Should local governments have a say in how oil and gas development occurs within their jurisdictions? The answer is yes, according to the Colorado Supreme Court in the 1992 Bowen-Edwards v. La Plata County case. La Plata was the first county in Colorado to adopt regulations on oil and gas, and in the ensuing 20 years, many other local governments have followed suit. This year, that established right to regulate has come under attack from both the state and the industry. How far this attack will go depends in large part on what happens the next five weeks.
On Feb. 29, Gov. John Hickenlooper signed an executive order creating a task force consisting of representatives from the state, the industry, local government and the conservation community, the task forces charge is to help clarify and better coordinate the regulatory jurisdiction between the state and local governments over oil and gas operations. This will be done by April 18. If in fact the task force maintains the neutrality implicit in clarify and coordinate, there could be some benefit from the exercise.
Where the conservation communitys skepticism lies is in the escalating assaults on local authority during the last year, and the governors increased affiliation with the industry as evidenced by his appearing in ads paid for by the Colorado Oil and Gas Association.
Within the last year, Front Range communities have begun to experience oil and gas development on an unprecedented scale. As this development encroaches on parks, schools, residences and water sources, people have risen up in arms. They have been calling for their local governments to enact moratoriums, adopt regulations and ban fracking.
Local governments, in turn, have been met with active opposition in their efforts to protect their citizens. The state government, arm in arm with the industry, has stepped into this melee to coerce and cajole local entities to not adopt regulations, but rather to rely on the Colorado Oil and Gas Conservation Commission to address local issues. This opposition ranges from threatening letters from the attorney generals office to statements by the governor that 64 (the number of Colorado counties) different sets of local regulations will drive the industry from the state, to Senate Bill 88 which, as proposed, would have gutted case law and deprived local jurisdictions of any voice at all. So there is reason to question the actual purpose of the task force, and it remains to be seen if it will be as benign as billed.
Several things are clear. First, there can be no diminishing of local authority. The COGCC has neither the expertise, the capacity, nor the political will to deal with local concerns. That must be left to locals. What the Hickenlooper administration fails to acknowledge is that local regulations have never kept the industry from developing anywhere. Second, there will never be 64 totally different sets of county regulations. Local governments will start with a blank sheet of paper, but will rely on the base set of regulations that have already been written and tested in court, and adopt and adapt them to the circumstances of their individual communities. Third, Speaker of the House Frank McNulty, R-Highlands Ranch, made a very telling appointment to the task force: Ken Wonstolen. Despite identifying himself as being on the task force in the role of private citizen, Wonstolens professional history is not so modest. His decades-long position as a primary counsel and lobbyist for COGA has made him one of the highest-profile advocates for the industrys interests. With this appointment, McNulty has confirmed what many have known for years: The voice of the Republican-controlled House of Representatives is the voice of the oil and gas industry and vice versa.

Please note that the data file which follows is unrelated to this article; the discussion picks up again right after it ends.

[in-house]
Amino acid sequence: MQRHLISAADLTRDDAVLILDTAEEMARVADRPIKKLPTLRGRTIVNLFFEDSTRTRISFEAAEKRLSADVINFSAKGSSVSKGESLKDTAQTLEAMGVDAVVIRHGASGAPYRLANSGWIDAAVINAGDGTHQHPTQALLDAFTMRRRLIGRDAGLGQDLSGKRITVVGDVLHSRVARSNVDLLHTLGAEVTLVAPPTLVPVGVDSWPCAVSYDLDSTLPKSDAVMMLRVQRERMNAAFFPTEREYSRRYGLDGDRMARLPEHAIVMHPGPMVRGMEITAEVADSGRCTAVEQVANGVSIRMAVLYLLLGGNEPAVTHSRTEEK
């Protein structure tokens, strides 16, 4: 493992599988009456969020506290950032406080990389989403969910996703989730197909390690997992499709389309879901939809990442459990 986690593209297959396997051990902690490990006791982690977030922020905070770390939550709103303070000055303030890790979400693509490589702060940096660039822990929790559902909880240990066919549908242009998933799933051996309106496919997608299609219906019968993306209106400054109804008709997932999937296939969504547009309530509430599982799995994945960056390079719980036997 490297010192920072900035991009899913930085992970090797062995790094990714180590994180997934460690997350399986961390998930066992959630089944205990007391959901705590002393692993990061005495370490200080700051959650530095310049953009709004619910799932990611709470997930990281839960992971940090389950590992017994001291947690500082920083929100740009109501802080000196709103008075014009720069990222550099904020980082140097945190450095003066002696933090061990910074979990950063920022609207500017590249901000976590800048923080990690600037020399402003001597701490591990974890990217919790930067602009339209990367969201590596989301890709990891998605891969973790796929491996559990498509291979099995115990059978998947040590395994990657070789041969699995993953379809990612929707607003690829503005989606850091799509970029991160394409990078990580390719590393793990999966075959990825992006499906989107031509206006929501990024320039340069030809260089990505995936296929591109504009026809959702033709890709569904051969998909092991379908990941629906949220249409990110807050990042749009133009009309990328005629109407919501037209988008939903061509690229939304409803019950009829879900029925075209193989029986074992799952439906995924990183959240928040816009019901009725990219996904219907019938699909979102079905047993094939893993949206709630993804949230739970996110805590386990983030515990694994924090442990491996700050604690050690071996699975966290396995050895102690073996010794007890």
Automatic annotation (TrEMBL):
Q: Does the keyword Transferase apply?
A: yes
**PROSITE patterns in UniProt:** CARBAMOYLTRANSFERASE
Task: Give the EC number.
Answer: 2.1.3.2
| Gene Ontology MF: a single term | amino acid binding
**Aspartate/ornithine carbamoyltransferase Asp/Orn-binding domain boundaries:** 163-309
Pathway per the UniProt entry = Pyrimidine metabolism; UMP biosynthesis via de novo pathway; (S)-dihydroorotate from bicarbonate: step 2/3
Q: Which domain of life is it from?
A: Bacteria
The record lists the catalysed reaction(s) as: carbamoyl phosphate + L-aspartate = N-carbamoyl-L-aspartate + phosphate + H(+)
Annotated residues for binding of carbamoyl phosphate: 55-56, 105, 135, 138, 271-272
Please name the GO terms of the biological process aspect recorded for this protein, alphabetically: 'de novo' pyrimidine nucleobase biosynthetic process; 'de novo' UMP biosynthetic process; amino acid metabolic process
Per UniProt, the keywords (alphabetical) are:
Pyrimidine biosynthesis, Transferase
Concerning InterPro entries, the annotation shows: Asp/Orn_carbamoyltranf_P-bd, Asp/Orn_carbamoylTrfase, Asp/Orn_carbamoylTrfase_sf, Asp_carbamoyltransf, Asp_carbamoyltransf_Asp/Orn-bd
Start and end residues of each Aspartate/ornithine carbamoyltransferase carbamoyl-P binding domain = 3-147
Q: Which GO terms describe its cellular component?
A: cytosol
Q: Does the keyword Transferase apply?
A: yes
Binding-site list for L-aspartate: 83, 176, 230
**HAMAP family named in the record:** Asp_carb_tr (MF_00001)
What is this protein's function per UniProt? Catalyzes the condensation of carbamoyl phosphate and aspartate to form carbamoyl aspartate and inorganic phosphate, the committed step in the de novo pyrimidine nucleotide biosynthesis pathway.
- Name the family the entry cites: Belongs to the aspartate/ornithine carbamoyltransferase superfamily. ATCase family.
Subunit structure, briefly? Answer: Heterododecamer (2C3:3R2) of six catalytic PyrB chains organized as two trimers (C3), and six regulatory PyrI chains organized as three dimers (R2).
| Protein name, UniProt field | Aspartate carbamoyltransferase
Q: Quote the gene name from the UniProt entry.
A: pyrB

There have been two task force meetings so far, and it is hard to tell what the end result will be. In curious contrast to the nine topics that the executive order says the task force will tackle (things like setbacks, noise abatement, dust management, and traffic management), that group will begin by examining two very arcane issues: the role of the local government designee and how that position can be better utilized and the sidebars of local onsite inspection and local authority to enforce state rules. How the main issue distinction between local and state authority will be handled remains unclear. Therein will lie the true test of why the governor convened this task force in the first place: Will the states assaults on local authority cease or continue?
Josh Joswick is energy issues coordinator for San Juan Citizens Alliance. Reach him at 259-3583.